Chow, Baby: Wednesday, November 14, 2002
What’s the Hubbub, Bub?

Jennifer Kornblum, manager of Sapristi!, rolled her eyes: “You’re the millionth person to ask me that!” Chow, Baby, having itself received many panicky calls on the topic, had merely expressed relief that the unpretentious little Forest Park bistro was open for business with the unpretentious little winner of Fort Worth Weekly’s Best Host award in 2001 in place. Apparently, rumors of Sapristi!’s demise were greatly exaggerated.

The kernel of truth in the corncob of restaurant-world gossip is that Sapristi! has been sold. Founder Bernard Tronche, wishing to devote more time to the same-named bistro he opened last year in Rosemary Beach, Fla., turned operations here over to longtime executive chef Carlos Cavazos. Another kernel: No more fabulous quiche lunches. For the time being Sapristi! is dinner only, Tuesday through Saturday.

With much help from waiter Doug, who pronounced the chef’s special “to die for,” a dithering Chow, Baby finally settled on lamb shank braised in red wine with rosemary, garlic, and julienned veggies ($18.95). Doug started Chow, Baby with a killer house salad ($3.95), picked the perfect wine for the lamb (an earthy Vacqueras, $7 per glass), and was handy with a hanky when Chow, Baby teared up from sheer gustatory joy. Luckily, in the soft lighting that does wonders for Chow, Baby’s skin tone, the other happy diners didn’t notice. Chow, Baby teared up again at seeing the bill — close to 50 smackeroos for a romantic dinner for one — but blames it on Sapistri!’s pastry chef: Unable to decide between the cheesecakey-dense crème brûlée and the rich chocolate tart with whipped cream and berries (each $4.95), Chow, Baby had both.

Cavazos will unveil his winter menu soon, said Kornblum. “But it won’t have too many changes,” she hastened to add. “We don’t want people to freak out again.”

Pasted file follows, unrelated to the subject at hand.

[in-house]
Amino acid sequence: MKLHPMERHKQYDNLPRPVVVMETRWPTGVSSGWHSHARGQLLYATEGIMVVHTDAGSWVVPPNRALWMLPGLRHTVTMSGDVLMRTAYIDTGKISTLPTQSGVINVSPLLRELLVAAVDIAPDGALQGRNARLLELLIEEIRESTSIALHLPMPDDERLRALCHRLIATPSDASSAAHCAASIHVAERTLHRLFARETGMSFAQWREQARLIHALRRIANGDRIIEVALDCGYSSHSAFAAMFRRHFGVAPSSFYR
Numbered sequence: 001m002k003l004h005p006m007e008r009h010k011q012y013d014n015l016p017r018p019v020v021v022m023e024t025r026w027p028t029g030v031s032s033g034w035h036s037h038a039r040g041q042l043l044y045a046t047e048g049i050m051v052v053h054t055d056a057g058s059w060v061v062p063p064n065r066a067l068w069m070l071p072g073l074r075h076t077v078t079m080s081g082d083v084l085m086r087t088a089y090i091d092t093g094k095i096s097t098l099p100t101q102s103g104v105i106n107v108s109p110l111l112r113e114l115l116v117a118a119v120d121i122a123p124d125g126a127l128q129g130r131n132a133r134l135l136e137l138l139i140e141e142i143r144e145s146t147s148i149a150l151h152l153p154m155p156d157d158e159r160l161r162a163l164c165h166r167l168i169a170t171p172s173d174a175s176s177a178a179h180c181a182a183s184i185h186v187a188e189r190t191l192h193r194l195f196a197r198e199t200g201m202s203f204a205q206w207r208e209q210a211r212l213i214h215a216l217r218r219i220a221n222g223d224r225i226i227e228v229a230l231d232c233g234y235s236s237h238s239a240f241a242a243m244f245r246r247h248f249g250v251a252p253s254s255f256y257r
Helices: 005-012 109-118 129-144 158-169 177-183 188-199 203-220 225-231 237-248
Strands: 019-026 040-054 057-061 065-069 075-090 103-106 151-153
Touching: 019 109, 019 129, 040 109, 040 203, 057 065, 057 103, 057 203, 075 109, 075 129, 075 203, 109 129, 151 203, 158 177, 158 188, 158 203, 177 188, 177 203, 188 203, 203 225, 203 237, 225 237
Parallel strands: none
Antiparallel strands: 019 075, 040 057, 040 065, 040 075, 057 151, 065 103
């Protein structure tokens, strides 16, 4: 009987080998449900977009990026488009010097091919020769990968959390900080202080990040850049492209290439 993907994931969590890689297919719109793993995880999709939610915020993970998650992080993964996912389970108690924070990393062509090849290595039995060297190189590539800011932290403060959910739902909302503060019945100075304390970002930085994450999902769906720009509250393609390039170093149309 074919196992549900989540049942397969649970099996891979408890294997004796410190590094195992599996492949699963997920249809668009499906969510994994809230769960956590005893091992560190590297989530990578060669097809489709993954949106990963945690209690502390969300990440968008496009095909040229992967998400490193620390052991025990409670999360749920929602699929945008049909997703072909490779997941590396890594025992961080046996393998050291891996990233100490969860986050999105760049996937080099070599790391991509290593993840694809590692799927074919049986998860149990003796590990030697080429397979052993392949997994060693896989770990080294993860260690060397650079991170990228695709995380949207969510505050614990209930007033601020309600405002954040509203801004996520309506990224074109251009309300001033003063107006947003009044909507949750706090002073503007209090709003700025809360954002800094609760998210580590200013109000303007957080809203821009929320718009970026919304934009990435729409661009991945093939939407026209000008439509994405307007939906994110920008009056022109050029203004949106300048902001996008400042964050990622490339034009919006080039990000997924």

Blues á Deux

Turns out that romantic dinners are more fun when two people are involved, as Chow, Baby found out the next night at Colette’s Café. Chow, Baby and its main squeeze held hands over tender prime rib ($13.95) and delicate Cornish hen ($11.95), and made googly eyes at each other as Sandra Kaye (priceless) crooned “Let Me LoveYou.” The Dallas jazz-blues vocalist is back for a limited engagement at Colette’s, home of Chicago-style comfort food during the week, candlelit dinners on weekends, and a fab Sunday brunch.

With no space for an ensemble, Kaye made do with a karaoke machine, singing along to the instrumental tracks of her c.d., What Will I Tell My Heart. But it doesn’t take much imagination to picture her vamping atop a piano, paying tribute to Dinah Washington with “Me and My Gin” and Lena Horne with “Unlucky Woman.” Judging by Sweetie’s sultry stares, however, Chow, Baby was gonna get lucky that night — after another bite of Colette’s bread pudding with extra-wicked rum sauce ($3.25), please. Chow, Baby has its priorities.

Sandra Kaye will perform Sundays, Nov. 17 and 24. Colette’s Café, 5500 Brentwood Stair Rd., is cozy and reservations are required: 817-492-9951.

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